Odd or Even Sum

See the original problem on HackerRank.

You are given an array of integers A and you will be asked to answer some queries.

Each query is in the form:

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i j

And you have to return the paity (Odd/Even) of sum of absolute values from A[i] to A[j], that is:

1
A[i] + A[i+1] + ... + A[j]

Input Format

First Line of Input contains N and Q separated by space. Next Line contains N space separated integers. Next Q queries follows, each query contains two integers i and j separated by a space.

Constraints

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1<= N <=100000
1<= Q <=100000
-9 <= A[i] <= 9
1<= i <= j <= N

Output Format

For each query output Even if the value is even, otherwise Odd.

Example

Input:

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5
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10 5
-8 -8 -8 4 -2 5 8 -5 1 2
2 9
8 10
1 3
3 4
6 8

Output:

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4
5
Odd
Even
Even
Even
Even

Explanation:

Query 2 : abs(abs(abs(-5) + 1) + 2) = 8 => Even

Query 3 : abs(abs(abs(-8) + (-8)) + (-8)) = 8 => Even

Query 4 : abs(abs(-8)+4) = 12 => Even

Query 5 : abs(abs(abs(5) + 8 )+(-5)) =>8 => Even

Solutions

O(N x Q) Solution

A naive solution is to calculate the sum linearly from \(i\) to \(j\) for each query.

Haskell. For each query, it folds elements from i to j included.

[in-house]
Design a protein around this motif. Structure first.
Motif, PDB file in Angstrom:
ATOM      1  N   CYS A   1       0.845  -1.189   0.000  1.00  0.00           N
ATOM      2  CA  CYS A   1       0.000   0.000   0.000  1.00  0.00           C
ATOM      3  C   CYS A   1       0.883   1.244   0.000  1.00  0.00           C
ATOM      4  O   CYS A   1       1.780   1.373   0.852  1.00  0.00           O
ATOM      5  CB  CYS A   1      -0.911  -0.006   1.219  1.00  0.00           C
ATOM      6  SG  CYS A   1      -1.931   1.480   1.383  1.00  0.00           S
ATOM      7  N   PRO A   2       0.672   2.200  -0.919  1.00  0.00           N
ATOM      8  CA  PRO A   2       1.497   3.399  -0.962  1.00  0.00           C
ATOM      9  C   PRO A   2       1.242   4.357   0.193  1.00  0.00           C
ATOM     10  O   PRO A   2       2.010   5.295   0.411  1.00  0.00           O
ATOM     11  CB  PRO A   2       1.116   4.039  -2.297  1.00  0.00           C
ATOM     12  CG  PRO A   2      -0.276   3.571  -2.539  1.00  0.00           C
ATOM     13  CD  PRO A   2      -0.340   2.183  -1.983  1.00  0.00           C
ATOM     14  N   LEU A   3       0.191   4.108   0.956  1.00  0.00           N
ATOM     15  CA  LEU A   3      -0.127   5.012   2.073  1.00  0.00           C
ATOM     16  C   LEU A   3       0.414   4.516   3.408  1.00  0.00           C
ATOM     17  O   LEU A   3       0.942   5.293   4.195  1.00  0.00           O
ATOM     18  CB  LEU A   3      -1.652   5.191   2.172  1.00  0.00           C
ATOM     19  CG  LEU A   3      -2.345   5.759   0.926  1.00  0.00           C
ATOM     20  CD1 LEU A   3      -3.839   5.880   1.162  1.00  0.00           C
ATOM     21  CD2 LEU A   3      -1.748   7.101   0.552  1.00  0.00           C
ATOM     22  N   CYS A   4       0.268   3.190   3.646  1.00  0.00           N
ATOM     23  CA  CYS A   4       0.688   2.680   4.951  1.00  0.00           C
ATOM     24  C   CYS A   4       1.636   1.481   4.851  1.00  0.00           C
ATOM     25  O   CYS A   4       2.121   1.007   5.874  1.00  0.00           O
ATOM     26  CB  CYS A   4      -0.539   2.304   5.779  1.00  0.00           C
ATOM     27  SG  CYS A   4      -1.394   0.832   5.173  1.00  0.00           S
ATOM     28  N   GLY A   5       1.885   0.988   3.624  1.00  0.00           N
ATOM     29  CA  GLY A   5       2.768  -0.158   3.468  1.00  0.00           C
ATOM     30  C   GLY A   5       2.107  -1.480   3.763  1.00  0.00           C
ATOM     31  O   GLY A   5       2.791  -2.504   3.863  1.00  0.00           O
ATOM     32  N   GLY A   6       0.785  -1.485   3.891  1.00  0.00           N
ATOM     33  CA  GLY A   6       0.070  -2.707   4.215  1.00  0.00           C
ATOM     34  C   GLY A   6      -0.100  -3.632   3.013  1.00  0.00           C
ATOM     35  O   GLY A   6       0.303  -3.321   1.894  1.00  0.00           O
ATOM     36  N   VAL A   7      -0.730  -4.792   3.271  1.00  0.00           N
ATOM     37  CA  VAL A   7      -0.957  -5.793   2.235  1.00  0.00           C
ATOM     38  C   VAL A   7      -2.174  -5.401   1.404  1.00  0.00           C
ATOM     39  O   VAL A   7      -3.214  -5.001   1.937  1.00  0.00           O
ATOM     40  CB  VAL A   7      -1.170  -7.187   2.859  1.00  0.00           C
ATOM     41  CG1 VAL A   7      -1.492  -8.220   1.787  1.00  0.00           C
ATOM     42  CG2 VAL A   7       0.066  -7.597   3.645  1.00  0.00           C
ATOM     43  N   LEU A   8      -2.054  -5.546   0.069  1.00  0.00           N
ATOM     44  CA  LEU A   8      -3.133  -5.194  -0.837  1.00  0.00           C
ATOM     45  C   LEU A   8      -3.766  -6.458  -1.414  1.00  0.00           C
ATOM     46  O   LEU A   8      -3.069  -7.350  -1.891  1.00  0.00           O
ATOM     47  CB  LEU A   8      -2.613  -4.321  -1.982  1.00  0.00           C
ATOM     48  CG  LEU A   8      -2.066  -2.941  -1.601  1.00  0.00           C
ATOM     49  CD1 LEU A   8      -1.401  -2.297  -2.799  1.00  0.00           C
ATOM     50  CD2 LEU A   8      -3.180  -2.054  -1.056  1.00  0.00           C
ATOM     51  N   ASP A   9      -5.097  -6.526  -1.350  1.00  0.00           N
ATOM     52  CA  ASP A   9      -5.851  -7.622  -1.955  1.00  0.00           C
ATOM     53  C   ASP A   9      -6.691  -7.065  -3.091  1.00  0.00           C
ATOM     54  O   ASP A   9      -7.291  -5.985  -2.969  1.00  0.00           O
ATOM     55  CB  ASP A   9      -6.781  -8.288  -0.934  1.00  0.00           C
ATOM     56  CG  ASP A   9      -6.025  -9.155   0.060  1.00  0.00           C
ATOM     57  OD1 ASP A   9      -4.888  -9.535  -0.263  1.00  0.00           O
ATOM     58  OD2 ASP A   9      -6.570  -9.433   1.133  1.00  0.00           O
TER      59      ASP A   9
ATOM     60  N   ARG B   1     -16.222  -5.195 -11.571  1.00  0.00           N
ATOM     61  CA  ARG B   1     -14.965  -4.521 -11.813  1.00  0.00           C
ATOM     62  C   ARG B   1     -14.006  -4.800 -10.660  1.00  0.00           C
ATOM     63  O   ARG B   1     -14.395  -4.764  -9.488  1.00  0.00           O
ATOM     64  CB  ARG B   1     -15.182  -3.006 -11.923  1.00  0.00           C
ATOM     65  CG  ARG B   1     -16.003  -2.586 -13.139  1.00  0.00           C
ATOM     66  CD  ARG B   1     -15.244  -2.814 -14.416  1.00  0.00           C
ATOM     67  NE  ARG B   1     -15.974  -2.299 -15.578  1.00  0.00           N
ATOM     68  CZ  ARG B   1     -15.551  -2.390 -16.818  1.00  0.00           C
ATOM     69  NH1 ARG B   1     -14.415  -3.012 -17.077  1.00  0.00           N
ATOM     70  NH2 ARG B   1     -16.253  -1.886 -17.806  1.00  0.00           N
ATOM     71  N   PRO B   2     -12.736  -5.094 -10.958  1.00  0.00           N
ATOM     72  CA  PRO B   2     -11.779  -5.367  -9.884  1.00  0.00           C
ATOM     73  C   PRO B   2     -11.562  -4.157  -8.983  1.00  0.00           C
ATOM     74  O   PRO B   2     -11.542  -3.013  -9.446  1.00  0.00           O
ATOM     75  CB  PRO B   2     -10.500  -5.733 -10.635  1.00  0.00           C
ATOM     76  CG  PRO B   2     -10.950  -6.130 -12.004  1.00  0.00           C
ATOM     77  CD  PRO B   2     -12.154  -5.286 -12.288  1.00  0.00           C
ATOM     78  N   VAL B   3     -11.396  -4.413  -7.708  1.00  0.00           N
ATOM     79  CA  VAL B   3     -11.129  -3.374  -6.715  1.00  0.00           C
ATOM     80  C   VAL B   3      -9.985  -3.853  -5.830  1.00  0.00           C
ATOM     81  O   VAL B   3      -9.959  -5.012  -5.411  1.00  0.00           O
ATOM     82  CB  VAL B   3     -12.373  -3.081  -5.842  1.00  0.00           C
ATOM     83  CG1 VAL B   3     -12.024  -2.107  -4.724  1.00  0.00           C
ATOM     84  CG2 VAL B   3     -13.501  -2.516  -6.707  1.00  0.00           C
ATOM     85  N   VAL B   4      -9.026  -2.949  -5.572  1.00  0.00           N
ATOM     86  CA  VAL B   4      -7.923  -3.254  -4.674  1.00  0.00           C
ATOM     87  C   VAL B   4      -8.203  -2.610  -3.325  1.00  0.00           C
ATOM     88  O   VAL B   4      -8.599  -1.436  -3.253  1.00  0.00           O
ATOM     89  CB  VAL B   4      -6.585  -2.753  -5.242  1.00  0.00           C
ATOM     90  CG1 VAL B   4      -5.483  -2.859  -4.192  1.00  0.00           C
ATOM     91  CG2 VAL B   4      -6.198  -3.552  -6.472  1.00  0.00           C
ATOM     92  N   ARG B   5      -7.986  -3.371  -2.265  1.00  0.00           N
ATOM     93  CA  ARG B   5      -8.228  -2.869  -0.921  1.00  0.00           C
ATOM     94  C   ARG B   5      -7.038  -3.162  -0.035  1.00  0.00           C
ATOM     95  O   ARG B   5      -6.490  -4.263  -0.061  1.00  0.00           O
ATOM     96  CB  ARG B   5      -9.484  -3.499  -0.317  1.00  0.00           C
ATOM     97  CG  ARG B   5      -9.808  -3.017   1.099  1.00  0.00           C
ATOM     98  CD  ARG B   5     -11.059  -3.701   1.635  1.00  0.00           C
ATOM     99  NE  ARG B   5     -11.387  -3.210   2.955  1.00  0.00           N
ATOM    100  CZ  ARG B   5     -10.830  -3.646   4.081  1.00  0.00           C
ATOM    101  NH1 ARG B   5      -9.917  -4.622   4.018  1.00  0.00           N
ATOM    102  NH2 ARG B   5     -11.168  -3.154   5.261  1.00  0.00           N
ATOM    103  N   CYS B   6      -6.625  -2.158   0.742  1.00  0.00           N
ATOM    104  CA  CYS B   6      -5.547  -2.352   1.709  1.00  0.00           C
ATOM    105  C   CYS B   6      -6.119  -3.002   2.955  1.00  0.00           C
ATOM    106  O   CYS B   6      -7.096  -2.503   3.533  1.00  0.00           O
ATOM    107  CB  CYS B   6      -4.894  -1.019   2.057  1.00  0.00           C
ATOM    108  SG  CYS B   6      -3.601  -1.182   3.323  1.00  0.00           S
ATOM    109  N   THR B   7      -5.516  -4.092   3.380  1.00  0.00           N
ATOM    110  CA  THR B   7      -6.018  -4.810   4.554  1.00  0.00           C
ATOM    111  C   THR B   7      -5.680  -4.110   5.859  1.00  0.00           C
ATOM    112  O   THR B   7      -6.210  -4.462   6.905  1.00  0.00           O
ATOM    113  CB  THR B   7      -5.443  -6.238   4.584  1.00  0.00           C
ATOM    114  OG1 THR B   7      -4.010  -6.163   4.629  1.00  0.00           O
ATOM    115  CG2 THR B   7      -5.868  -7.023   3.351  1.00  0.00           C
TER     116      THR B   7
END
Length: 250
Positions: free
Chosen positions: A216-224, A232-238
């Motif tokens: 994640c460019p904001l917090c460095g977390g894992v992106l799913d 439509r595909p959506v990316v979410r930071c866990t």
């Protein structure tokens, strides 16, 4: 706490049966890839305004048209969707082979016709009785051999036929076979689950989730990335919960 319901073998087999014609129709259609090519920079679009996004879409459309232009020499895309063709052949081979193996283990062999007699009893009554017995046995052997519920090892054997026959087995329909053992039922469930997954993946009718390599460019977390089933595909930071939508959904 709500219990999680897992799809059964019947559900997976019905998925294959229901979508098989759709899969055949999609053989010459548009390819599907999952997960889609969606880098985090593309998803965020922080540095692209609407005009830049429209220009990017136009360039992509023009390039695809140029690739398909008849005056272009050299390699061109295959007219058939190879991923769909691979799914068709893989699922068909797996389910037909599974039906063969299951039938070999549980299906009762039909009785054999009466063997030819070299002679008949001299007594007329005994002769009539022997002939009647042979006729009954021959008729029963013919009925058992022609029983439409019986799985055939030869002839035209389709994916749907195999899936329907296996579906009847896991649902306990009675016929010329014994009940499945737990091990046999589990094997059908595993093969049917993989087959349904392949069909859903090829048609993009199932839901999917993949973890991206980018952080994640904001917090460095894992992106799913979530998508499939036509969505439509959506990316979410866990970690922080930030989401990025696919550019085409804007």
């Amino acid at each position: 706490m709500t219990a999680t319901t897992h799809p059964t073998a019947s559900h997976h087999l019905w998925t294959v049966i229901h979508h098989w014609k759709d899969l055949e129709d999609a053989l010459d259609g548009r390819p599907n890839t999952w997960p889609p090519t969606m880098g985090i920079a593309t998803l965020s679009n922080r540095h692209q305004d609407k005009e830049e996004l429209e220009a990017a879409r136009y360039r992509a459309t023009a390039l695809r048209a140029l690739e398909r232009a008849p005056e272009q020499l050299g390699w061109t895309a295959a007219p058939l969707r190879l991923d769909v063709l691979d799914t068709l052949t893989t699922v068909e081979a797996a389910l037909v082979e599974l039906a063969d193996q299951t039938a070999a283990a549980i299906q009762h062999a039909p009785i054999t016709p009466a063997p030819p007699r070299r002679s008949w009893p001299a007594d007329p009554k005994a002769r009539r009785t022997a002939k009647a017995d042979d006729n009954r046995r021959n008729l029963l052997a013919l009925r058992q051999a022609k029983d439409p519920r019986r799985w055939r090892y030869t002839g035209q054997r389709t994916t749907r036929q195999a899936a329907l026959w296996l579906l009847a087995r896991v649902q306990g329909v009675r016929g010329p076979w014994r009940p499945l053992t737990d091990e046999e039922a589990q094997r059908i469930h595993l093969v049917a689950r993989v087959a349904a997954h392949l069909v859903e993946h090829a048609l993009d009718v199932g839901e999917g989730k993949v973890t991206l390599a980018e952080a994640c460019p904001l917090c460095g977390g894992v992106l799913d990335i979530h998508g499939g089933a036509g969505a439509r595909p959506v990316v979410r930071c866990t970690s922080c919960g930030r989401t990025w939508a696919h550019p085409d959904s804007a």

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doQuery :: [Int] -> (Int, Int) -> String
doQuery numbers (from, to) =
  if odd $ foldl (\a n -> (abs a) + n) x xs
    then "Odd"
    else "Even"
  where
    x:xs = take (to - from + 1) $ drop (from - 1) numbers

solve :: ([Int], [(Int, Int)]) -> [String]
solve (numbers, queries) = (doQuery numbers) <$> queries

parseQuery :: String -> (Int, Int)
parseQuery queryStr = (read a, read b)
  where
    [a, b] = words queryStr

parse :: String -> ([Int], [(Int, Int)])
parse input = (num, queries)
  where
    numStr:queriesStr = tail $ lines input
    num = read <$> words numStr :: [Int]
    queries = parseQuery <$> queriesStr :: [(Int, Int)]

main = interact $ unlines . solve . parse

Rust solution.

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fn main() {
    use std::io::{self, BufRead};

    let stdin = io::stdin();

    let mut lines = stdin.lock().lines().map(Result::unwrap).skip(1);

    let numbers: Vec<i32> = lines
        .next()
        .unwrap()
        .split(' ')
        .map(|x| x.parse().unwrap())
        .collect();

    let queries: Vec<(usize, usize)> = lines
        .map(|query_str| {
            let q: Vec<usize> = query_str.split(' ').map(|x| x.parse().unwrap()).collect();
            (q[0], q[1])
        })
        .collect();

    for (from, to) in queries {
        let slice = &numbers[from-1..to];
        let x : i32 = slice.iter().fold(0, |acc, n| acc.abs() + n);
        println!("{}", if x & 1 == 1 { "Odd" } else { "Even" });
    }
}

O(N) Solution

This is a typical use case for prefix sum. We calculate the running sum of all the elements and we answer the queries just by applying the prefix sum formula:

sum_i_j = PrefixSum[j] - PrefixSum[i-1]

That is, the sum between indexes \(i\) and \(j\) (inclusive) is calculated as the difference between the prefix sum at index \(j\) and the prefix sum at index \(i-1\).

Two notes:

  • the prefix sum is not simply calculated with addition because absolute value is applied on top.